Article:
Social Media Posts Can Hurt You

The defense attorney will do all he can to disprove your claims and hurt your character, including digging through your social media accounts. Following these social media tips could prevent you from losing your case:

  • Avoid commenting on how you feel following the crash. Posting a comment such as “I was just in a car crash, but am OK,” may help your friends and family feel better, but could hurt you in the long run. You may feel fine immediately following the crash, but your injuries could appear a few days down the road. An attorney could claim that since you said you weren’t hurt before, that you are now lying about your injuries.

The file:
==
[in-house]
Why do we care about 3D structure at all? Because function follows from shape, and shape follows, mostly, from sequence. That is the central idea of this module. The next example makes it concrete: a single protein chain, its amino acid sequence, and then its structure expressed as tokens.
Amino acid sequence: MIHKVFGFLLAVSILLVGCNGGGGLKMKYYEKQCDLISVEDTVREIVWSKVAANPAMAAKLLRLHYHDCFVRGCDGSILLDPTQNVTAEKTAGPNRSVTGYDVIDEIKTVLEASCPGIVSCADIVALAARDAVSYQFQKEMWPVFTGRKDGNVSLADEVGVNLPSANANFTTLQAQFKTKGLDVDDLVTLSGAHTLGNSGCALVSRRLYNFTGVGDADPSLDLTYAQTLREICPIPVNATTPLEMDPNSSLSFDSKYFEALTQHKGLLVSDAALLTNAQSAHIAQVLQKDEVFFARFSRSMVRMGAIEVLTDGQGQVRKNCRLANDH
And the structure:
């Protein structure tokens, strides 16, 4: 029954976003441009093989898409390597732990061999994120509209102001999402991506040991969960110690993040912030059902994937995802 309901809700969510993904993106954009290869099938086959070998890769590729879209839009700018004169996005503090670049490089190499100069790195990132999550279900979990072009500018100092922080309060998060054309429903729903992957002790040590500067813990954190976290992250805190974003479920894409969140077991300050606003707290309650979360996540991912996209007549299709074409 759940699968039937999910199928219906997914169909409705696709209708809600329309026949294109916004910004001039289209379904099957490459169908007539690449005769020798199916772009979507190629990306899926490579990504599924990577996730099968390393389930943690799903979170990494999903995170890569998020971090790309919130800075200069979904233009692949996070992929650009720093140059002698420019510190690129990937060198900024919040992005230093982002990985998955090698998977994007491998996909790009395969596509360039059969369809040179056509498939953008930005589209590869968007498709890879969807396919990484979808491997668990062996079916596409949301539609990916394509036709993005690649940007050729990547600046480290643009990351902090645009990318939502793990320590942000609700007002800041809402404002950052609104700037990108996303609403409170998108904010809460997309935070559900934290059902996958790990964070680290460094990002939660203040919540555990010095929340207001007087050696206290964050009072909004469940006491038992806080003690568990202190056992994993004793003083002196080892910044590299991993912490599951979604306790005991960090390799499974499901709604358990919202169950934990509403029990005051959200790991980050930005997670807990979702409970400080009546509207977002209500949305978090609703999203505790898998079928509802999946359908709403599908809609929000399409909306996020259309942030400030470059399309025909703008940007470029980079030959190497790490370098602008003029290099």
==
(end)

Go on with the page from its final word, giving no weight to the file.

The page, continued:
• Never say how you are feeling better. Injuries are difficult to predict and sometimes, just as you think you’re starting to feel better, things can take a turn for the worse. An innocent post about a day free of pain or how you were able to put weight on your leg for the first time since the crash could make the judge believe you are lying about your progress.

Have Questions? We’re Here to Help

If you are uncertain of what you should post on your account, contact the attorneys of Maurer Law. We are here to answer your questions and help you with your case.

Contact us today through our online chat feature, by filling out our online form, or giving us a call.


Can I Still Win My Case if I Have a Pre-Existing Injury?